Professor Ciechanover – together with Technion Distinguished Research Professor Avram Hershko and the late Dr. Irwin Rose of Fox Chase Cancer Center in Philadelphia – was awarded the 2004 Nobel Prize in Chemistry for the discovery of ubiquitin-mediated protein degradation, the process by which the body destroys proteins that are no longer useful. That research has led to the development of several anti-cancer drugs including Velcade® and an entire family of Immunomodulatory drugs. Along the years it has become clear that ubiquitin-mediated proteolysis plays major roles in numerous cellular processes, and aberrations in the system underlie the pathogenetic mechanisms of many diseases, among them certain malignancies and neurodegenerative disorders.
Born in Haifa, Israel in 1947, Prof. Ciechanover earned his M.Sc. and M.D. degrees from the Hebrew University in Jerusalem. After three years as a military combat physician in the Israel Defense Forces, he continued his graduate studies at the Technion, under the supervision of Prof. Hershko, and obtained his Doctor of Science (D.Sc.) degree in 1981. As a post-doctoral fellow with Dr. Harvey Lodish at the Massachusetts Institute of Technology, he continued his studies on the ubiquitin system and made additional important discoveries. He became a Technion faculty member in 1984.
Prof. Ciechanover has served as Director of the Rappaport Family Institute for Research in the Medical Sciences; the founding Director of the Lorey I. Lokey Interdisciplinary Center for Life Sciences and Engineering; head of the David and Janet Polak Center for Cancer Research and Vascular Biology; Vice Chancellor of the Guangdong Technion Israel Institute of Technology; and Founder and Co-director of the R-TICC, which integrates the university’s renowned engineering capabilities with oncology care and research.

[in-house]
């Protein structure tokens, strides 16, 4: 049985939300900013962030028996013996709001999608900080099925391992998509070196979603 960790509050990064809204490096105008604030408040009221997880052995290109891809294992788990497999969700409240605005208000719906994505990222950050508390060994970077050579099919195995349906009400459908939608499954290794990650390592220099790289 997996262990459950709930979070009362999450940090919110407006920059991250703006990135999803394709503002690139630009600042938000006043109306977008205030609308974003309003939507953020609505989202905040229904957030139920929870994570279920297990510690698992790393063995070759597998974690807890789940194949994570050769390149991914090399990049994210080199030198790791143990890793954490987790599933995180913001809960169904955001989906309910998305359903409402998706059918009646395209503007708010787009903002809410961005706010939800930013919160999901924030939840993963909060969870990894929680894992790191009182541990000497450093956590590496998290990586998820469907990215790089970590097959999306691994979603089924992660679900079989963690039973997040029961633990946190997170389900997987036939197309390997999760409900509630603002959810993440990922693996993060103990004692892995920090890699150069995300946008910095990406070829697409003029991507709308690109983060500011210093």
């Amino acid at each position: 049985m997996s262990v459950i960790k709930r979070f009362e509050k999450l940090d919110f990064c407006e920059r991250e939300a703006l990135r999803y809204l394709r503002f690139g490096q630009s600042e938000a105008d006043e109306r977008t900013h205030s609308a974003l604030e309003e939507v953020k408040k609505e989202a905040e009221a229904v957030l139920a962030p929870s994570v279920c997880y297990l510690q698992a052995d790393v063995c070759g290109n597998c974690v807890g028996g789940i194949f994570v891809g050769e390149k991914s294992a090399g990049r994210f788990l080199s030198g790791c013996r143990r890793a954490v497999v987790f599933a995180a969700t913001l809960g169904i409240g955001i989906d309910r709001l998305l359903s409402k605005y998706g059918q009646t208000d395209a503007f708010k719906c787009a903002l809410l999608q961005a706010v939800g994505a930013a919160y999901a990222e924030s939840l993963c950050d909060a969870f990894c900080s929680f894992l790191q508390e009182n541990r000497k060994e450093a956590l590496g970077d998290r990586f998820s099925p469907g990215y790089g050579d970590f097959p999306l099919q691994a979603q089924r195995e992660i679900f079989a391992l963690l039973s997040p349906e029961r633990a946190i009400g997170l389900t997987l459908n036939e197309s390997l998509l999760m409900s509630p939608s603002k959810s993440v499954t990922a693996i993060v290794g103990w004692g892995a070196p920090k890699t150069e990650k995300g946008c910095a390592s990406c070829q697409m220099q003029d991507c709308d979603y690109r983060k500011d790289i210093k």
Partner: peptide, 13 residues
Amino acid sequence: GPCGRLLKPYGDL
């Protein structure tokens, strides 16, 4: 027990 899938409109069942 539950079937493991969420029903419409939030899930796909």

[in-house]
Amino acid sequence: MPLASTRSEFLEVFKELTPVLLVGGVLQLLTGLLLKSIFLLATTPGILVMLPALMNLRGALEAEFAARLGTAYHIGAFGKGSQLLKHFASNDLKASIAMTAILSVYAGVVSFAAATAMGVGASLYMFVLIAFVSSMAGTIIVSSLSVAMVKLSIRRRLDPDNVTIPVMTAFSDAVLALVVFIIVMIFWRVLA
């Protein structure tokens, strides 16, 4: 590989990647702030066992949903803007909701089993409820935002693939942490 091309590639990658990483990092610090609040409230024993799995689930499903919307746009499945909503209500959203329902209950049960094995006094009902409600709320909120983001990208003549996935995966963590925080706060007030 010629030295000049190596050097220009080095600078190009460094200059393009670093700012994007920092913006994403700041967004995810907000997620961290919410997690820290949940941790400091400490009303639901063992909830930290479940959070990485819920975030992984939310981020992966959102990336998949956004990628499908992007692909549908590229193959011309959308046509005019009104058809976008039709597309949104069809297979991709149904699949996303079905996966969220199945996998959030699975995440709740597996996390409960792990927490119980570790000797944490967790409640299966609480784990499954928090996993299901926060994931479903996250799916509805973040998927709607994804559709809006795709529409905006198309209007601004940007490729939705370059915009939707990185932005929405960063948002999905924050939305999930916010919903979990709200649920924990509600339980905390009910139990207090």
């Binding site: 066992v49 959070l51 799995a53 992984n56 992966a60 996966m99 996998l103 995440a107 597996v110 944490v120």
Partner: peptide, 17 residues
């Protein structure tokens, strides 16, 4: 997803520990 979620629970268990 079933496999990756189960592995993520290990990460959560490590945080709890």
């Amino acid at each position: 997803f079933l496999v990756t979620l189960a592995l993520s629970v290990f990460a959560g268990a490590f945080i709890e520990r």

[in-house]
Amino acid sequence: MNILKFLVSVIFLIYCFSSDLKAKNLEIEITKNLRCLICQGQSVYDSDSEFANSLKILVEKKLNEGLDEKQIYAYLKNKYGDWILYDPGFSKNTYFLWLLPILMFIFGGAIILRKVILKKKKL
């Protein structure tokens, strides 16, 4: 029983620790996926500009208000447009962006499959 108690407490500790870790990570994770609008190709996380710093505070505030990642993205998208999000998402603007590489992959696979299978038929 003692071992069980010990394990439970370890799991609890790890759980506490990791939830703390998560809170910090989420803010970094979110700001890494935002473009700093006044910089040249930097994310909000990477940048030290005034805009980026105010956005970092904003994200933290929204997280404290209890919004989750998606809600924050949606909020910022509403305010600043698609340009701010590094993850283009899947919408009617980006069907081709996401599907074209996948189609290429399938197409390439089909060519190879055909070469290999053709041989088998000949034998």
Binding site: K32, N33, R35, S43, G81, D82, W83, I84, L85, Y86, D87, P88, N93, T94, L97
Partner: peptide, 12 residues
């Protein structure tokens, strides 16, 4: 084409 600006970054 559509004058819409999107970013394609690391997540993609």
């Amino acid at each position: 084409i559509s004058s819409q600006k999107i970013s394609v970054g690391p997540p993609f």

In addition to the Nobel Prize, Prof. Ciechanover has received numerous awards including the Albert Lasker Award in Basic Medical Research, 2002 EMET Prize, and 2003 Israel Prize for Biology. He has published more than 200 articles and book chapters. His contributions to science and humanity have been recognized with honorary doctorates from more than 50 universities. His dedication to the Technion has been awarded with numerous academic honors.
Prof. Ciechanover is member of many academies, including the Israeli National Academy of Sciences and Humanities, the European Molecular Biology Organization (EMBO), the American Academy of Arts and Sciences (Foreign Fellow), the American Philosophical Society, the National Academies of Sciences (NAS) and Medicine (NAM) of the USA (Foreign Associate), the Pontifical Academy of Sciences at the Vatican, the Chinese Academy of Sciences (CAS; Foreign Member), the Russian Academy of Sciences (Foreign Member), and the German Academy of Sciences (Leopoldina).
Updated August 2023